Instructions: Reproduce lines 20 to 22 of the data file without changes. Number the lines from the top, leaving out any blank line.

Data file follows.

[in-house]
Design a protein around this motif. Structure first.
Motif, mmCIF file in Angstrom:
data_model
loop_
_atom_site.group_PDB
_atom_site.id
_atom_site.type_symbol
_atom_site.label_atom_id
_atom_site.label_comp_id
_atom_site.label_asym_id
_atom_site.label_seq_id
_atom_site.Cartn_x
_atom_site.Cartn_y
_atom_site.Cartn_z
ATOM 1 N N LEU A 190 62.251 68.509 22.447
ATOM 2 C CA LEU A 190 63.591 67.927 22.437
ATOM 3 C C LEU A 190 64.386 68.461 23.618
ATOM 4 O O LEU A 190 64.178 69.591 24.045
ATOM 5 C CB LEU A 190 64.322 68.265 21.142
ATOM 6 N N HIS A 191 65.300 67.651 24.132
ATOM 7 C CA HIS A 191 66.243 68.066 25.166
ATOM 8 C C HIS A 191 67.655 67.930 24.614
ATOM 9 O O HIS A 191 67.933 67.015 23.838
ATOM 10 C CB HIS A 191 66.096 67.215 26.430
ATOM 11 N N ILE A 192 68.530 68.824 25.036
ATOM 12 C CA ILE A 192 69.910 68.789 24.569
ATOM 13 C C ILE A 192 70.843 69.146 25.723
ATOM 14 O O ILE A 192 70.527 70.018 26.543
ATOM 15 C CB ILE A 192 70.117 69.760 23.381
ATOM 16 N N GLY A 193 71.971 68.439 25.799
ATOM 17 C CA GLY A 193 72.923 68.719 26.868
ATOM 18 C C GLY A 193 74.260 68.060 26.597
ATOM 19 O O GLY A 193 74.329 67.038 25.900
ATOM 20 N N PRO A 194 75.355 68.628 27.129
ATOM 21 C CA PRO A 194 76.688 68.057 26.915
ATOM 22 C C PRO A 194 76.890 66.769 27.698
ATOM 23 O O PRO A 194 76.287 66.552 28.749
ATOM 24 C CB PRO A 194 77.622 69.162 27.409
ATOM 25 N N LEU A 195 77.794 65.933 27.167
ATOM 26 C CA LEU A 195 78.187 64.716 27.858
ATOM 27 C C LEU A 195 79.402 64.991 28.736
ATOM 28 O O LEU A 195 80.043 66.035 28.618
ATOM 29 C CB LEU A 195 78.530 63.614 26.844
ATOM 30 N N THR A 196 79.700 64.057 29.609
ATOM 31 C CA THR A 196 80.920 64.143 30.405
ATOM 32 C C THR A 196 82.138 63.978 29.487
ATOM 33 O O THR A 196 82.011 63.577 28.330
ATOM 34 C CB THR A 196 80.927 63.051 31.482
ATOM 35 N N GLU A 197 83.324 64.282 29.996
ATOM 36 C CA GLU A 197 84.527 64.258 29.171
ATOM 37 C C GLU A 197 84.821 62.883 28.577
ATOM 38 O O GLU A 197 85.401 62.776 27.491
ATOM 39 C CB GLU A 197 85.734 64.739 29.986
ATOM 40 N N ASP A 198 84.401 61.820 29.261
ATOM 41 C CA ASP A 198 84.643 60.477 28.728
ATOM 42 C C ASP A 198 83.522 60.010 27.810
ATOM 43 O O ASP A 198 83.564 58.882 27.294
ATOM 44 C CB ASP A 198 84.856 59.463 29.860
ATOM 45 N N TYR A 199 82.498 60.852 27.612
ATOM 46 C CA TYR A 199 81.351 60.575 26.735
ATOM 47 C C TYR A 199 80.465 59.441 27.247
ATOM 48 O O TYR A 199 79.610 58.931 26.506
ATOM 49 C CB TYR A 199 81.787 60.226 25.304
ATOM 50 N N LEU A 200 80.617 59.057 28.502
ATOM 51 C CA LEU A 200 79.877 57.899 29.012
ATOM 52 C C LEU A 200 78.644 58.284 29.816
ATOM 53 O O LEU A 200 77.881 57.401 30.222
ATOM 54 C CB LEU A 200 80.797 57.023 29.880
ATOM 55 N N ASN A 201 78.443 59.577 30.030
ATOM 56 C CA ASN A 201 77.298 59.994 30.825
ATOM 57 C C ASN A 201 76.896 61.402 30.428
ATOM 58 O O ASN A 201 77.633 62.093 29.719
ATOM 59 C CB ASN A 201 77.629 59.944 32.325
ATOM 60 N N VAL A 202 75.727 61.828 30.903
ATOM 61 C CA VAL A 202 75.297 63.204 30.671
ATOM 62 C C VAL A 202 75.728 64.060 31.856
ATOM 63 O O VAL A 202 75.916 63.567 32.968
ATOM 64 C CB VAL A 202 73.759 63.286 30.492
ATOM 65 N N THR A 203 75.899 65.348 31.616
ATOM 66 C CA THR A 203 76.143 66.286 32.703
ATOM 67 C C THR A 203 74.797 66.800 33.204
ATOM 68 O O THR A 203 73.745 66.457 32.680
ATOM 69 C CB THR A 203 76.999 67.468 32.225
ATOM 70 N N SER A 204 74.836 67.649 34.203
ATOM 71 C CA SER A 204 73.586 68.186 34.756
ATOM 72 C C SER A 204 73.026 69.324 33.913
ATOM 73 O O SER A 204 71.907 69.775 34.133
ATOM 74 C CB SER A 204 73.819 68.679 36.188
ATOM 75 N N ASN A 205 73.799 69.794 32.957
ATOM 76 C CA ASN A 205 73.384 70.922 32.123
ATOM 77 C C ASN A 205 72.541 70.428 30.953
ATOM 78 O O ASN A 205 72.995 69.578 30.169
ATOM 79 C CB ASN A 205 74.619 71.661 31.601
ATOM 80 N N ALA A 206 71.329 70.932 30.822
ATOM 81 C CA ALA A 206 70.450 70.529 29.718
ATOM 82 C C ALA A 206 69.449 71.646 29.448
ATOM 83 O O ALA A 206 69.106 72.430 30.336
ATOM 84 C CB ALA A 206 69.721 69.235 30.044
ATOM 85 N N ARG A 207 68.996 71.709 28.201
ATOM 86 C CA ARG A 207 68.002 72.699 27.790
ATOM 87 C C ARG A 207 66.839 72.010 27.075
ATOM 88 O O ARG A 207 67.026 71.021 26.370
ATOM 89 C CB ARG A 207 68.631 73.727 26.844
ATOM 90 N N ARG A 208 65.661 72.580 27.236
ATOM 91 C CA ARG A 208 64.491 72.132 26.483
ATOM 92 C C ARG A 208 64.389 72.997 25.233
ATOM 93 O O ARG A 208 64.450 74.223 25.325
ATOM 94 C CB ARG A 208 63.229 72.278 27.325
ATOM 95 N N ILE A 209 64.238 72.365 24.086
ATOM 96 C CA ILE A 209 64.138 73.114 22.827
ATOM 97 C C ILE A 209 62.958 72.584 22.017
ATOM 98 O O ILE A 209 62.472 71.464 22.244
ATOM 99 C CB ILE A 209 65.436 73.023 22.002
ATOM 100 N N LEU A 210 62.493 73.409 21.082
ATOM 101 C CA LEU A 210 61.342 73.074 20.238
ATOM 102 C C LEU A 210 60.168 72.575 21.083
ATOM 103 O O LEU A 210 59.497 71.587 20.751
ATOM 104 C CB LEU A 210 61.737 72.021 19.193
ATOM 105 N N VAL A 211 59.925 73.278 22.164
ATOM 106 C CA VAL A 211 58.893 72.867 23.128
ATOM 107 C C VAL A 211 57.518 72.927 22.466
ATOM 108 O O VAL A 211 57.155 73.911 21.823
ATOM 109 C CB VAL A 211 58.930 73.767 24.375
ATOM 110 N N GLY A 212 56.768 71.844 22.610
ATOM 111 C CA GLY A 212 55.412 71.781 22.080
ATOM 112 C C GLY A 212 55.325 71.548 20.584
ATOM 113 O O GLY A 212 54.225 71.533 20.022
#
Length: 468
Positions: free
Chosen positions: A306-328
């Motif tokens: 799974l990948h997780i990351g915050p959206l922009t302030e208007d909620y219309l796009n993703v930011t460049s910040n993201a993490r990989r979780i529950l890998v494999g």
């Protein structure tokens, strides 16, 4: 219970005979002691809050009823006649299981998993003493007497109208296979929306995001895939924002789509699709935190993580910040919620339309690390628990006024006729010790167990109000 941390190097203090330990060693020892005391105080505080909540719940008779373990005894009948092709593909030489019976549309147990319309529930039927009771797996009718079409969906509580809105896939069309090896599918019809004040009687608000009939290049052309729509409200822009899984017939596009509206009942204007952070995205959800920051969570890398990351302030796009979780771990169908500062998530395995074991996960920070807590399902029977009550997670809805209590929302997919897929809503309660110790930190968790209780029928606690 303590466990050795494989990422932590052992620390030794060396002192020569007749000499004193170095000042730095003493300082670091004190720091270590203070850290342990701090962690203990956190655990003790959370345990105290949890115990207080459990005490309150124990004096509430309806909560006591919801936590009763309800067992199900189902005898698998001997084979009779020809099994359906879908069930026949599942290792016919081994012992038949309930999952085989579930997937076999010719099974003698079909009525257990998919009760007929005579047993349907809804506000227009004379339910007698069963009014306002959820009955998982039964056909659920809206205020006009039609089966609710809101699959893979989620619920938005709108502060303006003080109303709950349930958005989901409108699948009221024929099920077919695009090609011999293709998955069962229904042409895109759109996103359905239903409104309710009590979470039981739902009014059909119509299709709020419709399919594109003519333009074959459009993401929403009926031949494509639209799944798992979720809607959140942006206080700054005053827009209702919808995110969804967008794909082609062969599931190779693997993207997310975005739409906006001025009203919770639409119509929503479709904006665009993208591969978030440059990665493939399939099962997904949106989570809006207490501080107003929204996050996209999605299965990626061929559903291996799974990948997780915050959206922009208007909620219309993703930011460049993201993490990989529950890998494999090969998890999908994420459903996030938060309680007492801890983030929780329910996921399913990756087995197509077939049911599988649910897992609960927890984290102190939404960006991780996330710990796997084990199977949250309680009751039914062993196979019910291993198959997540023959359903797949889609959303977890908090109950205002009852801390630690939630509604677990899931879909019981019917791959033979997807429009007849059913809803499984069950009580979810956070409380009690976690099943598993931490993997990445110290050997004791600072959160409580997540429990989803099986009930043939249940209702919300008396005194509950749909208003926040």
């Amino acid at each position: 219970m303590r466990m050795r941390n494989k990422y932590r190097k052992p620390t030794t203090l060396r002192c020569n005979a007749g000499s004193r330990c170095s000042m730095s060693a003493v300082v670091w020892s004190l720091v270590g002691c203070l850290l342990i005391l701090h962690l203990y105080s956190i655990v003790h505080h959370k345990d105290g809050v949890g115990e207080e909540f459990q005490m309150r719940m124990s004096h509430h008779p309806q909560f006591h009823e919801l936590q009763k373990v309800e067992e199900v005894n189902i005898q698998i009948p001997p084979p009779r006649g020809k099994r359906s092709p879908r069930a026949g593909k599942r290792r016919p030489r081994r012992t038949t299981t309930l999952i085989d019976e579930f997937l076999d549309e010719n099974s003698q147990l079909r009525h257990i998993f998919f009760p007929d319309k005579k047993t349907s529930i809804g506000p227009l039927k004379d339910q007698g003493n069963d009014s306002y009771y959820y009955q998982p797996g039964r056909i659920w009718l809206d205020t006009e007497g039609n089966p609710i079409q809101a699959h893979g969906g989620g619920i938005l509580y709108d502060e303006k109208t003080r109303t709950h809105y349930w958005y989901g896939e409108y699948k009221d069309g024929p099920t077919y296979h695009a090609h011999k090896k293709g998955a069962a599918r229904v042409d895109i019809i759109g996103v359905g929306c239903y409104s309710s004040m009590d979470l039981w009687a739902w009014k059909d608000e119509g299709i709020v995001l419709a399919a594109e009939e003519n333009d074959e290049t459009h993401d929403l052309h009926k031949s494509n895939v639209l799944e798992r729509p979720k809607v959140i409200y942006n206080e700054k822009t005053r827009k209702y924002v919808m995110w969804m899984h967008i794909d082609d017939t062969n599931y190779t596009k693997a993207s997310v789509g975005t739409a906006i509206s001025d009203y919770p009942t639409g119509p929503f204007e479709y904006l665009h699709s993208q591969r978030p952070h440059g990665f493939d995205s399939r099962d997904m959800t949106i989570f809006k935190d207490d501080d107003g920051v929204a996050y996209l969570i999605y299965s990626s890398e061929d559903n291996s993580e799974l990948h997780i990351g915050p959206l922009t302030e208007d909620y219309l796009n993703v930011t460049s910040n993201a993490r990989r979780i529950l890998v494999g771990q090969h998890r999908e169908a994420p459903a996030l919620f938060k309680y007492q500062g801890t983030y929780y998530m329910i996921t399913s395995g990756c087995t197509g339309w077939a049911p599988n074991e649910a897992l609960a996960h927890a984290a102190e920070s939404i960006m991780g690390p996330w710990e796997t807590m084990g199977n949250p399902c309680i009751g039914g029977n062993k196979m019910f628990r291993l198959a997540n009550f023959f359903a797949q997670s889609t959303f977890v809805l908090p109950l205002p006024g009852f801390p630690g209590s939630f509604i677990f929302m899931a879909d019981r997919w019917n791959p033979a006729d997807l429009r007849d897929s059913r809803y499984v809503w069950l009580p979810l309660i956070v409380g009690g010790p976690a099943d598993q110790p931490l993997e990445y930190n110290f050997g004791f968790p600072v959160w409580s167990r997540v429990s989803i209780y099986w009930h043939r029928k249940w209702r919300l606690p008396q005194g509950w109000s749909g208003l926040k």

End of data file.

ATOM 5 C CB LEU A 190 64.322 68.265 21.142
ATOM 6 N N HIS A 191 65.300 67.651 24.132
ATOM 7 C CA HIS A 191 66.243 68.066 25.166